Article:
Thu, Jul 08, 2004 - Page 10 News List

MOF to seek legislature's help on brokerage taxes

THREAT TO REVENUE Chinese Securities Association members are threatening to suspend issuing share warrants unless the tax rate on such warrents is cut


The Ministry of Finance yesterday promised to seek legislative approval to iron out taxation dis-agreements with the Chinese Securities Association (券商公會), which has threatened to suspend the issuing of share warrants -- including both call warrants (認購權證) and put warrants (認售權證).

Major brokerages in the group on Tuesday said they would stop issuing share warrants to protest what they feel is an excessive tax rate.

The move is expected to cut government tax revenue by at least NT$3.4 billion a year.

The association's board decided to halt issuing share warrants immediately because of the 25 percent tax levied -- a rate which exceeds the typical 15 percent to 20 percent profit margin brokerages earn from these issues, according to the association.

That halt may reduce stock market turnover by NT$470 billion a year, the association said.

The ministry issued a written statement in response yesterday, saying that Minister of Finance Lin Chuan (林全) had met with association chairman Chien Hung-wen (簡鴻文) early yesterday in an effort to reach an understanding on the controversy.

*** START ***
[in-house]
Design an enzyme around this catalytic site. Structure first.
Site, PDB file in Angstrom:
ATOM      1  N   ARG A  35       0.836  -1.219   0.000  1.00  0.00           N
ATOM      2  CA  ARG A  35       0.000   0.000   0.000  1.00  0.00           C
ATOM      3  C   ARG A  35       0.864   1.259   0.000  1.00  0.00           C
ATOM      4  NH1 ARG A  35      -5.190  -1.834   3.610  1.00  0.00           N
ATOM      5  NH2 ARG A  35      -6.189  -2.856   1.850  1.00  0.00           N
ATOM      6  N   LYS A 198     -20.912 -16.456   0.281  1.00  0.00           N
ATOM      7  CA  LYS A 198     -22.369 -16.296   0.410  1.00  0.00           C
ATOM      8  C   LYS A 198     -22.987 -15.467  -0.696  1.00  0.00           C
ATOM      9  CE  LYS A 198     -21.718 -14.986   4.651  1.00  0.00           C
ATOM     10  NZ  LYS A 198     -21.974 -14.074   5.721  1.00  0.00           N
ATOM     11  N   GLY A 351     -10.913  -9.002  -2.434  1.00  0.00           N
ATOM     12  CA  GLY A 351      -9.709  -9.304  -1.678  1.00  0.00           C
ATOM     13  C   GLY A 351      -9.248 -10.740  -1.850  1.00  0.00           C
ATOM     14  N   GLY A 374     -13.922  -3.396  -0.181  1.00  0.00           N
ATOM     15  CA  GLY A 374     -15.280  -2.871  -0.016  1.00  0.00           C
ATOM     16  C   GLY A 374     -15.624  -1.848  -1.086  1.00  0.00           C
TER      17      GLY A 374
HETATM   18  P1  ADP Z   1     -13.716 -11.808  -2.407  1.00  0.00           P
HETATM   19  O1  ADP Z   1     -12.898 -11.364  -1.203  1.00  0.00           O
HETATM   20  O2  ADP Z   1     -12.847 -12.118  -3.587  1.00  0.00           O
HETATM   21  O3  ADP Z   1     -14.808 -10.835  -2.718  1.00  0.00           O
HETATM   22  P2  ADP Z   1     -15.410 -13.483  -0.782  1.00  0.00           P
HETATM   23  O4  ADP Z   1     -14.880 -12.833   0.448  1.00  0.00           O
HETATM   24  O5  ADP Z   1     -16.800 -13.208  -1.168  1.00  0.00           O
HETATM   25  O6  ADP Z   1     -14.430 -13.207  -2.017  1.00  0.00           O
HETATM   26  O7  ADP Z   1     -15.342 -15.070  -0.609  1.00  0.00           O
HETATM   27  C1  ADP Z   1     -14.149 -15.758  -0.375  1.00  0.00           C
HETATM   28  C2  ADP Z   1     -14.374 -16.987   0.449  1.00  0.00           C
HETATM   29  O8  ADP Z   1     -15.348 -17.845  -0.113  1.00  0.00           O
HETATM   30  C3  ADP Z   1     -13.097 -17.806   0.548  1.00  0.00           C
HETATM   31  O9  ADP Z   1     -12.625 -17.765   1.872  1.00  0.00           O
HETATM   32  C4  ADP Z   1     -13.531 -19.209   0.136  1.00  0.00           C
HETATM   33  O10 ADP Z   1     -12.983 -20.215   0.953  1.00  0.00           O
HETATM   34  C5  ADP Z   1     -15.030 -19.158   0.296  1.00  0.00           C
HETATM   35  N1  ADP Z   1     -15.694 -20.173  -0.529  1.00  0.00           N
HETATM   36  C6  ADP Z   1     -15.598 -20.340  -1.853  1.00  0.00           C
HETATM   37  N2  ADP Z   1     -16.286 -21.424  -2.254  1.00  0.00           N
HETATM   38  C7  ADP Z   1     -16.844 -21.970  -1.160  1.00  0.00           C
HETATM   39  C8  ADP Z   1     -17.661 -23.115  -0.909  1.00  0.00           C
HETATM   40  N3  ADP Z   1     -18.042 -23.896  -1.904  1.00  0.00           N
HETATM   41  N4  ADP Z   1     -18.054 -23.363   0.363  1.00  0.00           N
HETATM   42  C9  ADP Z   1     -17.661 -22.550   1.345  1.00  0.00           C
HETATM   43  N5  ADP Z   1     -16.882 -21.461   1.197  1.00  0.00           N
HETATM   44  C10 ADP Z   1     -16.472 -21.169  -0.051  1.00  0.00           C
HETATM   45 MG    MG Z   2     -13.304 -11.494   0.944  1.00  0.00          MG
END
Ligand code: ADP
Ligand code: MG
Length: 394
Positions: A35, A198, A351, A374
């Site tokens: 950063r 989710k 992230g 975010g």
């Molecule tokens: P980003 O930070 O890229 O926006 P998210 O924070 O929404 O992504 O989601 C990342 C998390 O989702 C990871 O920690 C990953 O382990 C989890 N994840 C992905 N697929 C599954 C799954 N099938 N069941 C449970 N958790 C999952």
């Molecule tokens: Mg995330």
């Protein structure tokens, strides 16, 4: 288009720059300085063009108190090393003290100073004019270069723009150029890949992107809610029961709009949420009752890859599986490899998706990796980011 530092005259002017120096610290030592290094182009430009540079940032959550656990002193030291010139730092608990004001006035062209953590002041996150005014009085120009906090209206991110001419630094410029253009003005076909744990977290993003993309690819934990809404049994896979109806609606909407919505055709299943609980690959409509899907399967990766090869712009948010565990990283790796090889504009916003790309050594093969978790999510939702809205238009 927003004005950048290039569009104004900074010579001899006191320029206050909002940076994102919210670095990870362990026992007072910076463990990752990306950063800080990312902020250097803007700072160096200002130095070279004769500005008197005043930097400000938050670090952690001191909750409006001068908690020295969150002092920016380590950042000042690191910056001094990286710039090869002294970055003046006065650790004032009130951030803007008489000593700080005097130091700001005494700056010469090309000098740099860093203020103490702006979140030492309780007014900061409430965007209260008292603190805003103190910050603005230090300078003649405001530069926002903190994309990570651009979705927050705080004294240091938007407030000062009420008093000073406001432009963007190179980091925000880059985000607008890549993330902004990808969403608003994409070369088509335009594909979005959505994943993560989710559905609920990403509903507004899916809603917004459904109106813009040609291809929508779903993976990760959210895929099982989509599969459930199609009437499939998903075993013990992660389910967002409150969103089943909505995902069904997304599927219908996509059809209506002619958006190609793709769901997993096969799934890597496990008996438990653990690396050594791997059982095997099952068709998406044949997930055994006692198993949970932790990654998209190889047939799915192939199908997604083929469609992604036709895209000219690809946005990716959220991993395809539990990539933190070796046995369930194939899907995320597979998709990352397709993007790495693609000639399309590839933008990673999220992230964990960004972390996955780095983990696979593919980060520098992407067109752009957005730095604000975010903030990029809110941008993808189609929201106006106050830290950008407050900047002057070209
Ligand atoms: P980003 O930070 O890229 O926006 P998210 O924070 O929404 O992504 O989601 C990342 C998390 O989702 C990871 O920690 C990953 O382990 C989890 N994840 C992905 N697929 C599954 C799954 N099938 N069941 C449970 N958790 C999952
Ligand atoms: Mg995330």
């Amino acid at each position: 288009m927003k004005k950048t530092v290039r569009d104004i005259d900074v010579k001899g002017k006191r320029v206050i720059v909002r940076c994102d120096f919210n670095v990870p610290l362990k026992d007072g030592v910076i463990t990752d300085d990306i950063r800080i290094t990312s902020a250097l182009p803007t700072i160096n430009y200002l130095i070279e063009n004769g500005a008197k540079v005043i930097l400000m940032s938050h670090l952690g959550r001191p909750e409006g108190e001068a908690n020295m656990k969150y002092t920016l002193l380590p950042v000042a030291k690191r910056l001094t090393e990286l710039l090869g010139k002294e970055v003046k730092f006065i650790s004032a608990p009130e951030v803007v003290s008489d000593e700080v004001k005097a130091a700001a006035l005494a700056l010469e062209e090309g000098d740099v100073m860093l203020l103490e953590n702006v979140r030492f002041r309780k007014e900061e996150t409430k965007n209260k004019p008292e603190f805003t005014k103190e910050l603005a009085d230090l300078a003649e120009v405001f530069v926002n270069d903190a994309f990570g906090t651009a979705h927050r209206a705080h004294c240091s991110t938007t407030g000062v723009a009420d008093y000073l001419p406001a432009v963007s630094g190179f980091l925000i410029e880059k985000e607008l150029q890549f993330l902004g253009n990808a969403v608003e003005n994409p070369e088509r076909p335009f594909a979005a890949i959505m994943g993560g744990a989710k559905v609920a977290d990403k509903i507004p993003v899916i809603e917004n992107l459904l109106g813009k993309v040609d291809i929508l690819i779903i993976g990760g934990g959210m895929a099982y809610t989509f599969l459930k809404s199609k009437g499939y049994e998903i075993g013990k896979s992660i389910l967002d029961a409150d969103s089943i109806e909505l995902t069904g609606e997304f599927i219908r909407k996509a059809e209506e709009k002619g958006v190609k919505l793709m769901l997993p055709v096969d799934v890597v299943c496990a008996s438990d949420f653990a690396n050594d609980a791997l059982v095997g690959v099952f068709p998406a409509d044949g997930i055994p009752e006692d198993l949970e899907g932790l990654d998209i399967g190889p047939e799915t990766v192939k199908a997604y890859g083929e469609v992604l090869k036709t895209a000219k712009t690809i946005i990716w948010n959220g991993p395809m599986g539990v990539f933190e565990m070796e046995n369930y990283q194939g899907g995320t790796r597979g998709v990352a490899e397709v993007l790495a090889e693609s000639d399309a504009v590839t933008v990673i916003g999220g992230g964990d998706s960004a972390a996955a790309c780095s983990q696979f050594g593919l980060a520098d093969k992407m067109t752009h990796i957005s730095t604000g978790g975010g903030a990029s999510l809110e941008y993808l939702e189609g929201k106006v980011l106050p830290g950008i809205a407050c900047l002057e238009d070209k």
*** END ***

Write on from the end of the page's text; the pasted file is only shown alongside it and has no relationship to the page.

Chien had previously urged the government to revise the Income Tax Law (所得稅法), claiming capital gains from financial derivatives are being unfairly taxed.

But he has yet to persuade the government of the merit of his complaint.

Nelson Yu (游能淵), deputy director-general of the ministry's taxation department, told a press conference yesterday that "unless the law is revised, the taxes cannot be cancelled."

Yu noted that the legislature has twice vetoed revisions to the law because the private sector insisted on a retroactive clause.

Yu called on the association to call off its boycott and wait for a legislative review so that it would not create what he called a "lose-lose" situation between the private sector and the government.

Brokerages posted combined pretax profit of NT$4.7 billion from issuing share warrants from 1997 -- when they first began issuing the warrants -- until 2002, according to the latest available figures from the association.

Brokerages had to pay a total of NT$9.7 billion in taxes during that time, the association said.

Brokerages have refused to pay the tax and have filed an administrative lawsuit against the government, saying the tax should be levied only after their hedging costs are deducted.

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